Recently, my husband and I took our niece Adrianne to see that new X-Men movie (awesome, by the way). Afterwards, we had dinner at a Japanese restaurant on the Universal Citiwalk. Lunch or dinner and a movie—it’s one of the many things we like to do with Adrianne. And my husband, about 95% of the time or more, insists on treating us.
Usually, by the end of dinner, I’ll thank my hubby and once upon a time, I’d also quietly remind Adrianne to thank Uncle Gary for treating us to a great afternoon out.
Truth is, I haven’t had to remind my niece to say thank you for a long while. She says it all on her own, and when she does, even though Gary says she doesn’t have to thank him, I can see how it warms my husband’s heart.
“Thank you.” When you think about it, it’s amazing, the kind of impact those two little words can make. What I’m saying might sound a bit preachy—if so, just take a moment and place yourself on the receiving end of a thank you. Ever gave a gift to someone, and received a deeply sincere, maybe even teary-eyed thank you? How about those times you might have gotten a kiss on the cheek and a sweet little “thank you” from an appreciative child at Christmas? Or a lovely thank-you note from an appreciative salesperson, thanking you for simply being their client?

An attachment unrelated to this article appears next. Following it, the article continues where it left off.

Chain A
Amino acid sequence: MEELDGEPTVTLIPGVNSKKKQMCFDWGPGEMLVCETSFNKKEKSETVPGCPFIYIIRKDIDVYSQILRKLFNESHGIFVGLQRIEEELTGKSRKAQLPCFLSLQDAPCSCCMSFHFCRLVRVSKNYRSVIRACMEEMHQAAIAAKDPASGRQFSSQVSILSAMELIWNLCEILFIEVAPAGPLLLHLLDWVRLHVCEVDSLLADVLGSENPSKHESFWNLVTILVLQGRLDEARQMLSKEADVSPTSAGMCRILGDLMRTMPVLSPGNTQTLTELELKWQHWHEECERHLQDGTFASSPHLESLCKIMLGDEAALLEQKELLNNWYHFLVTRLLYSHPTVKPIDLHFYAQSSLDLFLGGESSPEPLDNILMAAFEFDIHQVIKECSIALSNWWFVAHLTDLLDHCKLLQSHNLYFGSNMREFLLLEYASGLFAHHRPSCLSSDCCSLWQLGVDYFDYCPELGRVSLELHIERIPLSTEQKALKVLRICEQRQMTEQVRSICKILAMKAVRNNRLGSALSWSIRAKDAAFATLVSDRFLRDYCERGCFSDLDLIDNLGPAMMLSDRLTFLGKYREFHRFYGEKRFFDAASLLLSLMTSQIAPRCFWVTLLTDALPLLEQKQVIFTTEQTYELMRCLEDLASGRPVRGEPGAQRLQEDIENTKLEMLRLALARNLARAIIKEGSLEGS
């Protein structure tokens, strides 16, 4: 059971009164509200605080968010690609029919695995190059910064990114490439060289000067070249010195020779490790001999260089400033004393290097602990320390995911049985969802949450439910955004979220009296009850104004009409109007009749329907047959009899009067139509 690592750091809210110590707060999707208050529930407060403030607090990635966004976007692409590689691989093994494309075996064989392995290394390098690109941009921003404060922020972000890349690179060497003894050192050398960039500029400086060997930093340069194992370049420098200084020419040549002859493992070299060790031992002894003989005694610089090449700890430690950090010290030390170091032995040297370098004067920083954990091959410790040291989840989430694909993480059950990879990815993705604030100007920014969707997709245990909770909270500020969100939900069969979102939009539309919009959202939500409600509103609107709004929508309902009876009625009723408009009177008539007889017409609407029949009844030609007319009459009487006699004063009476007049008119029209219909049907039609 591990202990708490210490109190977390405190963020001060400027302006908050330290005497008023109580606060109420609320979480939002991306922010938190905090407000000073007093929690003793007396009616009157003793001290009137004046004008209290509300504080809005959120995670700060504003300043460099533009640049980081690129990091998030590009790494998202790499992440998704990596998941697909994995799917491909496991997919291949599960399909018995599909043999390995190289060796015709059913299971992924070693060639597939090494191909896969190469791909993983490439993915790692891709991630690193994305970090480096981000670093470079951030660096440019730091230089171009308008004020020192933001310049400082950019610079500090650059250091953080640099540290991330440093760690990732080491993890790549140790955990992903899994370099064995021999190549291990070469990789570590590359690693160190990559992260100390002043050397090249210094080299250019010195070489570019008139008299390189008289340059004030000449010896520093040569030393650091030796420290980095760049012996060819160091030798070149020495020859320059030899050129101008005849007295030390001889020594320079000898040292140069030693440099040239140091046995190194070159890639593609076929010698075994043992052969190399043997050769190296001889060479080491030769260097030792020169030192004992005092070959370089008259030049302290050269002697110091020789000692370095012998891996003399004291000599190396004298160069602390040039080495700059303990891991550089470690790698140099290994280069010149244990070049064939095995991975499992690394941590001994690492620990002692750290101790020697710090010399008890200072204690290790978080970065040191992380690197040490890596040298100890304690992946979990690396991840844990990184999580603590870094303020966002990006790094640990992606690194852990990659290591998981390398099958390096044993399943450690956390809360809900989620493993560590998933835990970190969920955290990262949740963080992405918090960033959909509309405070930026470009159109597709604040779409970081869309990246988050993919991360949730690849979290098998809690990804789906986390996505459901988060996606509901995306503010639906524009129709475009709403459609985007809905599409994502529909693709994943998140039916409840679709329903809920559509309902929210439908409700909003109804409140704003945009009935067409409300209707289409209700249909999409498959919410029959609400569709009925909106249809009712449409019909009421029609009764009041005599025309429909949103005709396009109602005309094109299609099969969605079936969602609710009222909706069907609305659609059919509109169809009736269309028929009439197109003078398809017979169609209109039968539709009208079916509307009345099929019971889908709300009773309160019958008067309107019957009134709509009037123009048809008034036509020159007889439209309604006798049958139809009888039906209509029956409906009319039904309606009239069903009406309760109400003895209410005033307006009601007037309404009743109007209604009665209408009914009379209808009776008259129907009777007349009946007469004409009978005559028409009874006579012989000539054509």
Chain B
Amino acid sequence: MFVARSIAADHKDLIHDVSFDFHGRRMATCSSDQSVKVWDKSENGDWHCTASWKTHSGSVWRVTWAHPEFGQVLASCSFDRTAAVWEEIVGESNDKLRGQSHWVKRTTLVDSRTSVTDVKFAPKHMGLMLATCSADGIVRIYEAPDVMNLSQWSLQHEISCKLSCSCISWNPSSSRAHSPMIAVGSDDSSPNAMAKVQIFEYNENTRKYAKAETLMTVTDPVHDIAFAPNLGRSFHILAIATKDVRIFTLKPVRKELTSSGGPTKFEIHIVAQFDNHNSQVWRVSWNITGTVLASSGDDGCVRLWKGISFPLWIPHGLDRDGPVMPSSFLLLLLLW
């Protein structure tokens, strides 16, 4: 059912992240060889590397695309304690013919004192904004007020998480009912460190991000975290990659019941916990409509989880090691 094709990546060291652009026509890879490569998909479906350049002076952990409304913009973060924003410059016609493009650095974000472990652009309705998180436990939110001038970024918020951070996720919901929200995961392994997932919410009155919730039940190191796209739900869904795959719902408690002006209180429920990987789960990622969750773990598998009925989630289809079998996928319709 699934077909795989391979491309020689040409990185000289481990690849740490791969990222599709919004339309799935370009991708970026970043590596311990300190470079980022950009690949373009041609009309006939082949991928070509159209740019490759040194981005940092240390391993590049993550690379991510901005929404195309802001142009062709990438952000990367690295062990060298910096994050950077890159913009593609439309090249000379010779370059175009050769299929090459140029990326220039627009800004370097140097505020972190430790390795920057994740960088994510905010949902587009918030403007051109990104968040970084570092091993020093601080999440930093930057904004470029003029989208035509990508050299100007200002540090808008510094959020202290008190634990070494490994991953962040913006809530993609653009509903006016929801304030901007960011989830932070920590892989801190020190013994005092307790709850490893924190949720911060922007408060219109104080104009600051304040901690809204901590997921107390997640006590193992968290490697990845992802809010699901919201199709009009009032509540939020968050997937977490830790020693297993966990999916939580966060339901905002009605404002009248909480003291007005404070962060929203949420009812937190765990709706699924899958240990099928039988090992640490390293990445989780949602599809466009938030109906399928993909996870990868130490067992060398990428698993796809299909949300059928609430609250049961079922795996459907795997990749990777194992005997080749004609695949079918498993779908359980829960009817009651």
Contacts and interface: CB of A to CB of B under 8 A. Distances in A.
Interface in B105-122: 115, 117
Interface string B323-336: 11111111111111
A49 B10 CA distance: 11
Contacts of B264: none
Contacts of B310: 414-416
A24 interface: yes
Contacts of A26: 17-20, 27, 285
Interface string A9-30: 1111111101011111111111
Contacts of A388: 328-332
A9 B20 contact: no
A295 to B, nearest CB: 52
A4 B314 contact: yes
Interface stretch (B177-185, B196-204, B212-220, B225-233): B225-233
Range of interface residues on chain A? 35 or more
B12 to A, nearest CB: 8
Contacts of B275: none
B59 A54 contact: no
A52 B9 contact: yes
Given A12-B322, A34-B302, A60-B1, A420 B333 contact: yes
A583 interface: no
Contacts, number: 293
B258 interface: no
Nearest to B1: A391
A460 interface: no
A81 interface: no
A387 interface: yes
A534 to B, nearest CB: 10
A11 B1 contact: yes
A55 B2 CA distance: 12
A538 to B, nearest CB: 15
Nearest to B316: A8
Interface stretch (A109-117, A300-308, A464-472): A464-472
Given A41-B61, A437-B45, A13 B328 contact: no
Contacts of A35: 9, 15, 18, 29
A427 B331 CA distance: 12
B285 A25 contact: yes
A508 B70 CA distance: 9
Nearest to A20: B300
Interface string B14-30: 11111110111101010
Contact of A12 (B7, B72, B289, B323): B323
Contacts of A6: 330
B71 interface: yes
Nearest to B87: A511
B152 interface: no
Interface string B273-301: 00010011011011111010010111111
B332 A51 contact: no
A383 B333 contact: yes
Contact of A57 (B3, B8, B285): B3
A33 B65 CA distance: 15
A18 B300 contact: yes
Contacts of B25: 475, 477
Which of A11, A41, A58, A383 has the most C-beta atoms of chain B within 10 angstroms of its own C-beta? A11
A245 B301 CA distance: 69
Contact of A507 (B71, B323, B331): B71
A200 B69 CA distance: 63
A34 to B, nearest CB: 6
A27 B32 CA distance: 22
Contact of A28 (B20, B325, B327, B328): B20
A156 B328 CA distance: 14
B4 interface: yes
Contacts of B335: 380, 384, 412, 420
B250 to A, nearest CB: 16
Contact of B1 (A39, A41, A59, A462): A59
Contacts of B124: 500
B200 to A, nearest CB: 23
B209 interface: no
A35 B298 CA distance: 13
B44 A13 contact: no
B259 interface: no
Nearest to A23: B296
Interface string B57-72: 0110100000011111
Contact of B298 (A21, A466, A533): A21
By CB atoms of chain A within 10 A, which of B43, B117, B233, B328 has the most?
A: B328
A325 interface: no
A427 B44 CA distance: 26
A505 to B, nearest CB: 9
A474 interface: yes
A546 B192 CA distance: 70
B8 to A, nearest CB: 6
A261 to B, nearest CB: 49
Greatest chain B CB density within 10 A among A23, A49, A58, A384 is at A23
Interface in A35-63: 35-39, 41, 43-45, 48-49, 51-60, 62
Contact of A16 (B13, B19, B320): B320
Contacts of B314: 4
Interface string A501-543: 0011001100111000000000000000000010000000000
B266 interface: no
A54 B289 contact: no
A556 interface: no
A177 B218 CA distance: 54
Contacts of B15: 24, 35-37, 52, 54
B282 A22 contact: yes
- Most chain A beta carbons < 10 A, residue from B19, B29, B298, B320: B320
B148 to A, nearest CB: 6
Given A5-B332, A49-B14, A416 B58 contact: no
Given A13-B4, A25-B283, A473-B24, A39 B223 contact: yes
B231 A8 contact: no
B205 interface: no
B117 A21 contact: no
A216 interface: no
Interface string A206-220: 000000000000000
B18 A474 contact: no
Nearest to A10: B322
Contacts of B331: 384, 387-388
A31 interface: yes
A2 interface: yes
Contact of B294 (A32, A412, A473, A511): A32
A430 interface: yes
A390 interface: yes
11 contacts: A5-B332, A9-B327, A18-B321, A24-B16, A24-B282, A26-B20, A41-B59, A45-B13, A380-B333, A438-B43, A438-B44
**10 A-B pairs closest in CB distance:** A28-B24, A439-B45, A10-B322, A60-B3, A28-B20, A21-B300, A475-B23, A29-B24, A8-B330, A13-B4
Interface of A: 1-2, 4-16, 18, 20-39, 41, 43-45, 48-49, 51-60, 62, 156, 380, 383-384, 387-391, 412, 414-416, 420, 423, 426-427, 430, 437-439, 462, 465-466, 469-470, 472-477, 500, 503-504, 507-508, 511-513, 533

Something this powerful shouldn’t be ignored in your job search campaign. That said, it’s absolutely critical to send out a thank-you letter after each and every job interview. And don’t wait until the day after the interview, or even hours after. As soon as you hit the door, make yourself sit down and type out a clean, professional thank-you letter.
Be sure to include the correct name of the person who interviewed you, along with anyone else that you happened to meet.
Basically, just thank them for taking the time to interview you for the position of (mention it, just to reconnect your name to that position). This might seem like you’re overdoing it, but you’re not, believe me. Truth is, most of the time, you have no idea how many others are applying for the same position. With all the other people that recruiters might have to see, reminding them of who you are and what position you’re seeking can never hurt.
It also wouldn’t hurt to remind them of 2-3 of your most valuable skills, and how these skills can benefit their company.
Once you finish your thank-you letter, sign it, print it out and take it over to the post office and stick it in the wall slot. Don’t wait and do this the next day, do it right away. This way, more than likely, it’ll reach your interviewer by the very next day, when the interview with you is still fresh in his/her mind.
From a combination of my own experiences reading articles, reviewing resumes, talking with clients and speaking to some employers and recruiters, I’d say that about less than 10% of people interviewed actually take the time to do all of this. So see—sending a thank-you letter could place you above 90% or more of the competition.
So get your envelopes, stamps, and be sure to start sending your thank-you letters after each and every interview.
Here’s to your future success—don’t give up!